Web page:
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Why Can’t I See What You See?

A personal story of how I lost myself in the mirrors, eating disorders, and the mental allusion of body dysmorphia.

Photography by: Rhi Lee Photography



When I was little I thought of the Prima ballet dancers as my idols. No one looked like me but, I wanted to look like them. As a child I grew up in a predominantly black dance academy in Atlanta,GA. From the summer before high school till the summer before senior year of high school I attended Dance Theatre of Harlem and that is where I learned that many other dancers did look like me.

As a child growing up, I was slender looking to my peers and others, but in the ballet world the way I looked wasn't the norm. I was not great nor good but average. Once I got to an age where my dancing was seen as advanced, the view of my body changed. I was a young woman with a short neck, big head, short torso, long legs, and big breasts that just kept on growing with age. In ballet I had the ideal body, minus the big boobs of course.

At the age of 16 and being looked at more and more I started to watch what I ate because where was all that food going to go? It was not extreme but it was something I became aware of.

The years went by and it was now time for me to go off to college. I stopped attending Dance Theatre of Harlem during the summers and got ready for a new step towards my dance future. College for me was fun to begin with but that quickly came to an end. While in school I became the black girl who excelled in ballet but for some reason was punsihed for it. I started to try and change the one thing I thought was the issue, my food intake. I liked my body but I did not love it. I would see nothing but girls getting attention because of their skin tone but I also thought of them to be much skinnier than me. Now...it's time to let the cat out of the bag. I silently went through binge eating, anorexia, and a long span of bulimia and even until this day I am not sure if others noticed.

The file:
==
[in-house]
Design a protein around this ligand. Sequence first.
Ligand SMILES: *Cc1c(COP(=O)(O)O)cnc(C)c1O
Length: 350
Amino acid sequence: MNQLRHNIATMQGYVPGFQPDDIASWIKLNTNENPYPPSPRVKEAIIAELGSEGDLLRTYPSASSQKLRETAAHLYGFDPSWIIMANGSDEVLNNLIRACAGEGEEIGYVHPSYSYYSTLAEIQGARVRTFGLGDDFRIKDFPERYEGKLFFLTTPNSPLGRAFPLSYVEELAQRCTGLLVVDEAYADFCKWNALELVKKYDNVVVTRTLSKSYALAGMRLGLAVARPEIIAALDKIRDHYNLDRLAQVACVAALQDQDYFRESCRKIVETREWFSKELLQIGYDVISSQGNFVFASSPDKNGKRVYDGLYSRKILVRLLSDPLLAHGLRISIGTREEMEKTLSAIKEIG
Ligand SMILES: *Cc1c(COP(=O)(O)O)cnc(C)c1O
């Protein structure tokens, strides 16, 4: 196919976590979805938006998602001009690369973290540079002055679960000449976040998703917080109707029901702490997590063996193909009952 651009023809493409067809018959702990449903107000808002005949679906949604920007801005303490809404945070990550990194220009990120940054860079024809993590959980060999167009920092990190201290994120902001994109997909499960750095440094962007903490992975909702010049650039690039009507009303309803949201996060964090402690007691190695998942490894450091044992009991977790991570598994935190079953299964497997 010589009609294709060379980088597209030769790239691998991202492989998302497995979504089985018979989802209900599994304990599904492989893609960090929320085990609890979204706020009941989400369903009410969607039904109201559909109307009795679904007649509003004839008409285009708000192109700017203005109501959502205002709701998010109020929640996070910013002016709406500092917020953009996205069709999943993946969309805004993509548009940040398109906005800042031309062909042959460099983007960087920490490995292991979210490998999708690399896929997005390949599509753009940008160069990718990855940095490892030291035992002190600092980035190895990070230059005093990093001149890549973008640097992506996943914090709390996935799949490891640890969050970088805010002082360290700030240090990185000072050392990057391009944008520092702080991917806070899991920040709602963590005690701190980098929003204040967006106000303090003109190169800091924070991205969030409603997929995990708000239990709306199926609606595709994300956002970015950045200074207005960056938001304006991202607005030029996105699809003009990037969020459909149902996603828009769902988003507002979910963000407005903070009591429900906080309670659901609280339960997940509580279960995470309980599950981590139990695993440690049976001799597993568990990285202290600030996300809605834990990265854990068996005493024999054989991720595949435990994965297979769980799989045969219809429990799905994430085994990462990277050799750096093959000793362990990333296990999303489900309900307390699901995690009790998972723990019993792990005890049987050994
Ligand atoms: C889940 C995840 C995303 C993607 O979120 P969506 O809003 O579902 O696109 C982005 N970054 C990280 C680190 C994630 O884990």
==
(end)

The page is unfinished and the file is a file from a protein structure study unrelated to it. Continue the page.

At school we were seen as adults, so you took care of yourself and did what was needed to be done. I thought I was so much bigger than the girls next to me but did not know how to deal with it. I remember ordering a triple cheeseburger during tap and eating it before rehearsal. A teacher looked disgusted by the food and says ”are you going to eat all of that, right now?” He was not wrong but it made me feel worse. So, time went on and I tried to understand why I still did not like how I looked. So, what next? You get graded on health, dance, and apperance basically. There were teachers that were more upfront and abrasive with the conversation and others more discreet or tight lipped. Either way, it was uncomfortable. No one openly said I was gaining weight because I was not. I was skinny and naturally muscular, it was just in my head.

During my time as a growing teenager at Dance Theatre of Harlem every summer my weight was never spoken of, well not to me atleast. I was a dancer that they saw promise in after sometime but I was still very young. I could eat street hotdogs, Wimpy's burgers, and other egregious foods I should not have been and go to rehearsal like it was nothing. I have known that Miss Virginia Johnson is not shy about having those conversations or Mr. Mitchell showing his concern but it never was a conversation I had. I was tiny, muscular, and talented.